Most of us have traditions around the holidays. Some customs and practices handed down, often unquestioned, from our families. Others, created by us for various reasons; co-mingling of two different family histories, a desire to create a new legacy for future generations, or mere insanity. Maintaining holiday rituals can feel demanding and tiresome, especially to those responsible for the sorcery.
I personally have a couple of Christmas customs that I have a love/hate relationship with. And, like most of us; one I inherited and one I manufactured.
Growing up in a Cuban-American home, ‘Little Havana‘ on the inside and ‘the good’ol USA‘ on the outside of the front door, my family celebrated Noche Buena (Good Night) on December 24th. My family celebrated… my mother worked. Every 24th, wafts of garlicky, citrus-infused slow roasted pork, aromatic bubbling pots of thick, rich-tasting black beans, and a sundry of other traditional Cuban dishes permeated my childhood home. By the day’s end our house would also brim over with people; family, friends, and neighbors. It was a magical day; and, as a kid, it seemed as effortless as waking up to a tree full of gifts constructed by Santa’s elves, delivered via reindeer.
I now provide the magic. And, while yes, it is stressful finalizing the headcount; grocery shopping; three-days of food prep; hosting; and clean-up; it is still my favorite night of the year. Better yet, it’s my son’s favorite. Better than actual Christmas. That says a lot. Luckily, for me, at 15 he proclaimed that he needed to learn how to make the customary fare; already planning for my absence. Teaching him how to cook by taste, look, and feel is pure enjoyment. Knowing that my heritage’s tradition outlives my parents and, eventually, me, makes it worthwhile.
Extended families, frantic shopping, over-the-top decorating and attending multiple parties overextends us physically, mentally and financially. The holiday extravaganza can be overstimulating and more stressful than satisfying. It is a time that seems to be chockfull of events, obligations, travel, and unhealthy food and imbibing opportunities. But, we don’t have to sign up for more and more during the holidays. We DON’T. If we can get past our collective issue of using the word ‘No’.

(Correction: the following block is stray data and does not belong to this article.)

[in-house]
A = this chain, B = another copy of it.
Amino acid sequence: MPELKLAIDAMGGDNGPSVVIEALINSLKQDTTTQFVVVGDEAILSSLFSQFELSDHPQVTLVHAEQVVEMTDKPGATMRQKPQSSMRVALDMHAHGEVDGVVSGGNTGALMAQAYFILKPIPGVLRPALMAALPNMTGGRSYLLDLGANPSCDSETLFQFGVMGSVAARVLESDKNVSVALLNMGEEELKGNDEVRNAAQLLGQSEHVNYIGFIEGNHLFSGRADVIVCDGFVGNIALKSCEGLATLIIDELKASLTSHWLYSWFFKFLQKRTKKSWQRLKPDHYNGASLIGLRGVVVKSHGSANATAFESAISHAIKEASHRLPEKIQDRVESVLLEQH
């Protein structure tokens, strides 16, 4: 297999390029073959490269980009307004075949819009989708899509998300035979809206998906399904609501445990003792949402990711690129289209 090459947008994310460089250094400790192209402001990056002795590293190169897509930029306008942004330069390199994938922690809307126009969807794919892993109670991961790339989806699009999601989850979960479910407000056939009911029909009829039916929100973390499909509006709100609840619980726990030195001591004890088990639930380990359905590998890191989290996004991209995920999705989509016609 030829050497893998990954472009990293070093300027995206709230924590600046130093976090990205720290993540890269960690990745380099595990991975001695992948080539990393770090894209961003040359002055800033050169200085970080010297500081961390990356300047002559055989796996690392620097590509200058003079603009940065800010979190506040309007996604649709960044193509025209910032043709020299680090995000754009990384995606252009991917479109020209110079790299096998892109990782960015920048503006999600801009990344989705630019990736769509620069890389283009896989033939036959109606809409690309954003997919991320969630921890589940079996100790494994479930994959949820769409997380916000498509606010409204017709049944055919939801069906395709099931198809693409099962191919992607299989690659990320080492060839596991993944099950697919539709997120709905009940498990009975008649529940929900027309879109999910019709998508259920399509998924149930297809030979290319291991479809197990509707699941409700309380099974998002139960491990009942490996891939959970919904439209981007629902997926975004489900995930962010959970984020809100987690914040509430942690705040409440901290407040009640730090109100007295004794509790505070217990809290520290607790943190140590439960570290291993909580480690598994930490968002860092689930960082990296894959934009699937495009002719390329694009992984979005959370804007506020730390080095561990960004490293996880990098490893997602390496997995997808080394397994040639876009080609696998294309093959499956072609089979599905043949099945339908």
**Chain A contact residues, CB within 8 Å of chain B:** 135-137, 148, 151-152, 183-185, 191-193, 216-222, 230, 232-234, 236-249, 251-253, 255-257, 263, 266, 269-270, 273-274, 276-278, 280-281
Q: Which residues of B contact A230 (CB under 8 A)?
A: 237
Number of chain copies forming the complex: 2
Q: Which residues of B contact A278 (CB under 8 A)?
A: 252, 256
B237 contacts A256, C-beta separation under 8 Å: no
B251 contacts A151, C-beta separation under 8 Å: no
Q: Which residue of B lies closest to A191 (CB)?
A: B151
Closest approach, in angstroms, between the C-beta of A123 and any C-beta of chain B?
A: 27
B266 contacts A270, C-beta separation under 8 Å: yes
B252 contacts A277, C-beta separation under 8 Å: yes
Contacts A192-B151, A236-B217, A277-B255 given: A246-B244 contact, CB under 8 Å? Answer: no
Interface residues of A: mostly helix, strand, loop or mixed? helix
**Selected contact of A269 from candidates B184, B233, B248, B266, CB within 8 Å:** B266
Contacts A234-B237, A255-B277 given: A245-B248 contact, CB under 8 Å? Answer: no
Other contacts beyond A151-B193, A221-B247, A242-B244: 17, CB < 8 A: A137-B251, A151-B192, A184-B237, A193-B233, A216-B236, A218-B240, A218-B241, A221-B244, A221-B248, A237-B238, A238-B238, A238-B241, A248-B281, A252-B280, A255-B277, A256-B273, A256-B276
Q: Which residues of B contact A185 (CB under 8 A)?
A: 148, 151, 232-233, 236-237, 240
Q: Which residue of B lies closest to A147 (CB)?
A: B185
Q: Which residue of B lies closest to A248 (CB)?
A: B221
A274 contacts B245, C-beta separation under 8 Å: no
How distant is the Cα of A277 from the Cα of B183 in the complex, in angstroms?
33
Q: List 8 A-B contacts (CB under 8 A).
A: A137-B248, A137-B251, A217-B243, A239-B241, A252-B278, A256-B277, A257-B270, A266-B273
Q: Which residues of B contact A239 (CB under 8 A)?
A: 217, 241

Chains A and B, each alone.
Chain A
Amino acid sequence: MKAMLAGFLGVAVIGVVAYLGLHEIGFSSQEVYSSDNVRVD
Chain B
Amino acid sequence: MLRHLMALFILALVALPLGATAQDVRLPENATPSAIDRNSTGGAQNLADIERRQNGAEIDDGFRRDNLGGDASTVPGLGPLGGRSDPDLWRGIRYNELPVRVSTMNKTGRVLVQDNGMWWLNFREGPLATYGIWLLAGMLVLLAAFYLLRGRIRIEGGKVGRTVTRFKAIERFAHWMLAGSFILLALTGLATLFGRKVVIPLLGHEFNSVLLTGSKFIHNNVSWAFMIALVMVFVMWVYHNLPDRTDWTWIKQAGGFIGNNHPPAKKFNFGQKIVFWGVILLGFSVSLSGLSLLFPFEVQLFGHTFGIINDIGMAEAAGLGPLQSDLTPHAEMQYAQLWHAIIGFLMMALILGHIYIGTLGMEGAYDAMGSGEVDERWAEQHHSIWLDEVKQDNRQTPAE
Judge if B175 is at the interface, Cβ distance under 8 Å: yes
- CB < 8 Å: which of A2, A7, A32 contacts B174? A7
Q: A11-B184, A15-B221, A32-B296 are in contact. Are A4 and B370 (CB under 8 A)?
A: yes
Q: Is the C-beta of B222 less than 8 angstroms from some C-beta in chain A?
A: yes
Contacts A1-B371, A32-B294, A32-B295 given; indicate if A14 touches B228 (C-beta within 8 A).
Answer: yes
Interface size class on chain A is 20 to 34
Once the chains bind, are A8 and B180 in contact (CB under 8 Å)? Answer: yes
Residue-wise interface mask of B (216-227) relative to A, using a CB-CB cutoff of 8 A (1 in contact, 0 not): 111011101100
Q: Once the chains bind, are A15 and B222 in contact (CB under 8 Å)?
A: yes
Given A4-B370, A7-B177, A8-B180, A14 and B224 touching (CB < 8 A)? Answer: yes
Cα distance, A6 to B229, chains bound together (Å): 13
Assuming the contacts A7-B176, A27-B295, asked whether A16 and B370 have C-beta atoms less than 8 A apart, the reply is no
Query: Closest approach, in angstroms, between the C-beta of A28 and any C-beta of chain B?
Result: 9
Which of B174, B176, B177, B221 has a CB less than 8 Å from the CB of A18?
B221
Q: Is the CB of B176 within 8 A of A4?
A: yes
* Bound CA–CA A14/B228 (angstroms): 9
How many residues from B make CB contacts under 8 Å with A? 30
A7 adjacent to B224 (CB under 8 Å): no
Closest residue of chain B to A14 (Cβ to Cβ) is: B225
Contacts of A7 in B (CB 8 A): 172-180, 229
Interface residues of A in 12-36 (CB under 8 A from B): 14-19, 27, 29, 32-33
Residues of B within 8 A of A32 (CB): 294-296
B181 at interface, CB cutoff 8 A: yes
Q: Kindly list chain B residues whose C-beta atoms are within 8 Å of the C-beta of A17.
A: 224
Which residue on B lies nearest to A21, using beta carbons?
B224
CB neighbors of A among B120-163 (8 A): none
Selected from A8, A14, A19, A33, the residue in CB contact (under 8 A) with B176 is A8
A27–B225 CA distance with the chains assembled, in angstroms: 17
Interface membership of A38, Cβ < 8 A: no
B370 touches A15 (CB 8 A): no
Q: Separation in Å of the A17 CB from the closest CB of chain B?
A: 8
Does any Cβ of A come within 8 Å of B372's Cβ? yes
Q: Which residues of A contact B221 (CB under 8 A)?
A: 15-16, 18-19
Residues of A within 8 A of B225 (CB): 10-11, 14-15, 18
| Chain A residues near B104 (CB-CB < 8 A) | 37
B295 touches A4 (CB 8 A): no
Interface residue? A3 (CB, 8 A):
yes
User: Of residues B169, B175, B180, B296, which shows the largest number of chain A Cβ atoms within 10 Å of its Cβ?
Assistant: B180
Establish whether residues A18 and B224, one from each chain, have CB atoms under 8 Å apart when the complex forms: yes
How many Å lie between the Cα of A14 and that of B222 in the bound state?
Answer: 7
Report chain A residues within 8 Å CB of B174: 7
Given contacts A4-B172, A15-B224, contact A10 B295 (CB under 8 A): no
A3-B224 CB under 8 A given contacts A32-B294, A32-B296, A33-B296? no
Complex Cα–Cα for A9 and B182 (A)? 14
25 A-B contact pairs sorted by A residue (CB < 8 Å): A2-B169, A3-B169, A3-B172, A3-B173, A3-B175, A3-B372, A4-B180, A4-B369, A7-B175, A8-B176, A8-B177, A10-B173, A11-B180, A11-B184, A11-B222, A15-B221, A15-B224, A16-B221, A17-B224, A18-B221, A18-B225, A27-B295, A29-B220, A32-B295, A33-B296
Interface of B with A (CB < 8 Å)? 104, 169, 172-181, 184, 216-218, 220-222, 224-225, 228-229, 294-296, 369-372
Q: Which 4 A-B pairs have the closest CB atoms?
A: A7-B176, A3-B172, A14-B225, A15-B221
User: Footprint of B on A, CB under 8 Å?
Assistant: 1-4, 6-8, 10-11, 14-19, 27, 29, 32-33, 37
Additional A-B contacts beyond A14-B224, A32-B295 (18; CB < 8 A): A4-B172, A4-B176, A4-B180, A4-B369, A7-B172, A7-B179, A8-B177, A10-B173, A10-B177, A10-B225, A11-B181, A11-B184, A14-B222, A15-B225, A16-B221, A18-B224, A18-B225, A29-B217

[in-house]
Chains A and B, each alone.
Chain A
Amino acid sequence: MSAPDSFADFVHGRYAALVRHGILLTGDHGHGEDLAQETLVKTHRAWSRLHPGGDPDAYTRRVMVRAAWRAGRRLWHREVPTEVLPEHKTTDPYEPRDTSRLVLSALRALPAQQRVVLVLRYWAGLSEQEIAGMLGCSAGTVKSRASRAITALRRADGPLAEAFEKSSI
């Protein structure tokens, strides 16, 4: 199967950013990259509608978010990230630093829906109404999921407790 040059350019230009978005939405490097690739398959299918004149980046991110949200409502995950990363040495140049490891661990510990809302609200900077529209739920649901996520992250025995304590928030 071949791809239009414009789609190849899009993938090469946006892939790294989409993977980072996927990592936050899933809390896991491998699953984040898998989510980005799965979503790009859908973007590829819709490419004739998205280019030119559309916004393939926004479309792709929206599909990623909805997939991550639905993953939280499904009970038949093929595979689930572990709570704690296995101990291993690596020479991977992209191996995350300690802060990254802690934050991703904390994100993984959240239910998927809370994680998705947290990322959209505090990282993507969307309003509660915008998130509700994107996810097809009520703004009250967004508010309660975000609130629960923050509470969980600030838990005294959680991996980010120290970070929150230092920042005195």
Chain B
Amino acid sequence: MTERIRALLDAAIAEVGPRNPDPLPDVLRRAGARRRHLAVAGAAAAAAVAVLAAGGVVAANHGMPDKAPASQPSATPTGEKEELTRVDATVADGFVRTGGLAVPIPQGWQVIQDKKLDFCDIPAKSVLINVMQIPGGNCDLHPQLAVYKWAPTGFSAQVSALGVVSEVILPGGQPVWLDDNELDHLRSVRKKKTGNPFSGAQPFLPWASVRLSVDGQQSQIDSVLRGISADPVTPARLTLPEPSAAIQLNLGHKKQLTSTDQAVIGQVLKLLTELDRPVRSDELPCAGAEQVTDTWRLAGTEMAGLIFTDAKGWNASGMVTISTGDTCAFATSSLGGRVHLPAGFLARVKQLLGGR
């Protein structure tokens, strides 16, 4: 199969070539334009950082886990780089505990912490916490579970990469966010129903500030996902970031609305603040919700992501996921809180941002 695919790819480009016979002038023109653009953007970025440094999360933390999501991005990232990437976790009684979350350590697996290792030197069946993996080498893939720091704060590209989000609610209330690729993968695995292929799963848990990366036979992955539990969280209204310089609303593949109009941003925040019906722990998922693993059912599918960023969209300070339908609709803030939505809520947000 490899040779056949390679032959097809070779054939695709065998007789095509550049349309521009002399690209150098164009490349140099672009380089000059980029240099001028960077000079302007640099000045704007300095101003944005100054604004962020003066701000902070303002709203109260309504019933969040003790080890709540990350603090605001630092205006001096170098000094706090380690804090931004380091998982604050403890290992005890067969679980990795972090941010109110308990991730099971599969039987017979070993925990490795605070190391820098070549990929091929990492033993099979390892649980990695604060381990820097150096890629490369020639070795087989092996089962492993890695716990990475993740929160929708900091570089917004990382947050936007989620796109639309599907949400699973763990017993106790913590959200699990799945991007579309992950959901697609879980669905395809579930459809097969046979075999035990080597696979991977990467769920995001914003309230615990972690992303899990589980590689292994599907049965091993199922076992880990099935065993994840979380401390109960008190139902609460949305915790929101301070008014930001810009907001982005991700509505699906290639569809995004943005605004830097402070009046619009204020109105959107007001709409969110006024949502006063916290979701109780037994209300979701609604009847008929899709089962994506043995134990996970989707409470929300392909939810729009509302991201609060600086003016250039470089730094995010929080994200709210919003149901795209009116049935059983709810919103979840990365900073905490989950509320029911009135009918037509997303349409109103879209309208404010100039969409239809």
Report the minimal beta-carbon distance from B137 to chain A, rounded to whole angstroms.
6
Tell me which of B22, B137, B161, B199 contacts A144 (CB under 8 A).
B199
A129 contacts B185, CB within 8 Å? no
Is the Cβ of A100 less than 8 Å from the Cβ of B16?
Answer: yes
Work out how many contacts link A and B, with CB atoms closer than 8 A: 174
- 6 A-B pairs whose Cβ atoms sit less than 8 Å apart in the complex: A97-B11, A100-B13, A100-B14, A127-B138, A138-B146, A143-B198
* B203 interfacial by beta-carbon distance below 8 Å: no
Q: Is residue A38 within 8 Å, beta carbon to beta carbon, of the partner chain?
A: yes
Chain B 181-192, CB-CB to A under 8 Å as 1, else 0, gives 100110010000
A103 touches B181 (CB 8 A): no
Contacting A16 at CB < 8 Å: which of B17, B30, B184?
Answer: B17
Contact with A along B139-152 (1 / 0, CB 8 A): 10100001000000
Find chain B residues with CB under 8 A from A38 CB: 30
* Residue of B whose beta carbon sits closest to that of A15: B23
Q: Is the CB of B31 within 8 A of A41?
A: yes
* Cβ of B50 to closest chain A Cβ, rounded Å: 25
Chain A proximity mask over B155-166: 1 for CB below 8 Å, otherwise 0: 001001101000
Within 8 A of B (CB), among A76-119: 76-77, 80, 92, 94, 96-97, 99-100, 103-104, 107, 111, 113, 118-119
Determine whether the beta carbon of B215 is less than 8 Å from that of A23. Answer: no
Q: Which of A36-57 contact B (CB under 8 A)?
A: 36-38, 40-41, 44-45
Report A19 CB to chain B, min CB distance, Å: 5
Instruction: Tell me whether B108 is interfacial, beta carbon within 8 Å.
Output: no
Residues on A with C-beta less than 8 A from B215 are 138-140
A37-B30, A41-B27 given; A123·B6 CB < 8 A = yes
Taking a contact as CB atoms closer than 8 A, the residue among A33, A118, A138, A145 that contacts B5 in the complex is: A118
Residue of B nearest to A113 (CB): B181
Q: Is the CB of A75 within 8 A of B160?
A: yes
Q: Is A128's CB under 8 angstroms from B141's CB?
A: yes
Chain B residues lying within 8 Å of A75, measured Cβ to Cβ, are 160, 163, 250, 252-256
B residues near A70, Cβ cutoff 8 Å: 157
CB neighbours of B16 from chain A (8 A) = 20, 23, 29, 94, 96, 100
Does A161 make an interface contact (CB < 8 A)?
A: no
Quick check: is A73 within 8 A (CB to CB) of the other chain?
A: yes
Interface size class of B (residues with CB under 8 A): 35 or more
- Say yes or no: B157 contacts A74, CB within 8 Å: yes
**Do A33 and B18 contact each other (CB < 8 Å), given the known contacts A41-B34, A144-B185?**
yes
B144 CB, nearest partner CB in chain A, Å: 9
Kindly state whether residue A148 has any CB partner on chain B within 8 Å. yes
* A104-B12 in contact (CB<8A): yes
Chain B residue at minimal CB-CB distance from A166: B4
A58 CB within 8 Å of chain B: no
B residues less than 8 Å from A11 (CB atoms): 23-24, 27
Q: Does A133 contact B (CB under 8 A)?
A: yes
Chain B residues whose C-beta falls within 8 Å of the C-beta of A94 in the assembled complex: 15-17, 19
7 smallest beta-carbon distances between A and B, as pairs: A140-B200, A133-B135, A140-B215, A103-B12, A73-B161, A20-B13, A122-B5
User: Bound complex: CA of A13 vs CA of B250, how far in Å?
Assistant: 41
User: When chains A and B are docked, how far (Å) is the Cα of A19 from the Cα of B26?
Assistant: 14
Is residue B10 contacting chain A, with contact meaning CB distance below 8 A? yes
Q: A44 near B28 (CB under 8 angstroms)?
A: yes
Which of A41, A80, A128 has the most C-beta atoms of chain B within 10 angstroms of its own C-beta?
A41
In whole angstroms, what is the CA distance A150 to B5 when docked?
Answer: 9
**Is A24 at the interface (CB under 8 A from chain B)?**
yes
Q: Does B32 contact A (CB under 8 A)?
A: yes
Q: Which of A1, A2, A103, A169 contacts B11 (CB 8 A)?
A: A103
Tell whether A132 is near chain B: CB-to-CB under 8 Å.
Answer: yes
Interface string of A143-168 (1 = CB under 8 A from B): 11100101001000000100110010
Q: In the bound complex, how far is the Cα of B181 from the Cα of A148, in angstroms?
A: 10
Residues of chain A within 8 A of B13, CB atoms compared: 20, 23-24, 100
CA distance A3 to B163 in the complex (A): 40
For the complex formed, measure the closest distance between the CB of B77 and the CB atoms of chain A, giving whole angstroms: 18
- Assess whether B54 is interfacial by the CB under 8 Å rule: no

When we find ourselves repeating holiday traditions that no longer bring us pleasure, it may be time to make changes. We don’t want to disappoint others, and as women, most of us carry the brunt of creating the holiday magic. I know; I personally had plenty of, what became, holiday time ‘chores’. Over the years, I’ve managed to pare down my holiday obligations. I found that having a litany of them, all lined up, basically made me anxious about the season.
Some of the ways I altered my holiday experience? For instance, I no longer travel during Christmas time. It felt rushed, unsettling, and exhausting. I keep the baking to a minimum, opting to do one Gingerbread cookie baking session with my god-children and son (this is the tradition I manufactured). The grown-ups in my life don’t get physical gifts. Lastly, I have scaled back on the number of ‘Yes’ RSVPs; opting for more unscheduled downtime, allowing for second viewings of “White Christmas” in comfy pjs with family.
I am sure there are other ways to minimize the holiday stress. And, I understand that sometimes the holidays exacerbate emotions for those of us dealing with grief, health issues, loneliness. No matter of baking reduction will help there.
But, if you are just ‘in over your head‘ on the prescribed rituals and ‘yeses‘, there is something to be done. Not all of us have the same stress points. Maybe cooking for, and entertaining, a large number of people puts you over the edge; STOP it. Seriously, what is the worse thing that will happen? We don’t live in a vacuum, our actions affect others. Talk to your family members and brainstorm ways to reduce the holiday time clutter. For most of us, by middle-age, we no longer have young children to contend with. Teens and young adults are much more reasonable.
The notion of doing things ‘differently’ can be downright scary. It takes courage to raise our hands and proclaim: ‘”This doesn’t work for me anymore; what are WE going to do about it?” Sometimes, other members of the family are completely unaware of the level of effort and discomfort behind the scenes of many of our holiday rituals. Having the conversation with your family may pleasantly surprise. One of the rank and file may volunteer to take something off your plate. Or, offer up a small, negligible change for this year; minimize gift giving or scale back the decorations or bake just one type of cookie versus a smorgasbord – IT WILL HELP!
If you have something you’ve altered in your holiday repetoire that has helped bring more joy and less stress to this time of year, please share it with the rest of us! Wishing you a healthy, happy, and stress-lite season.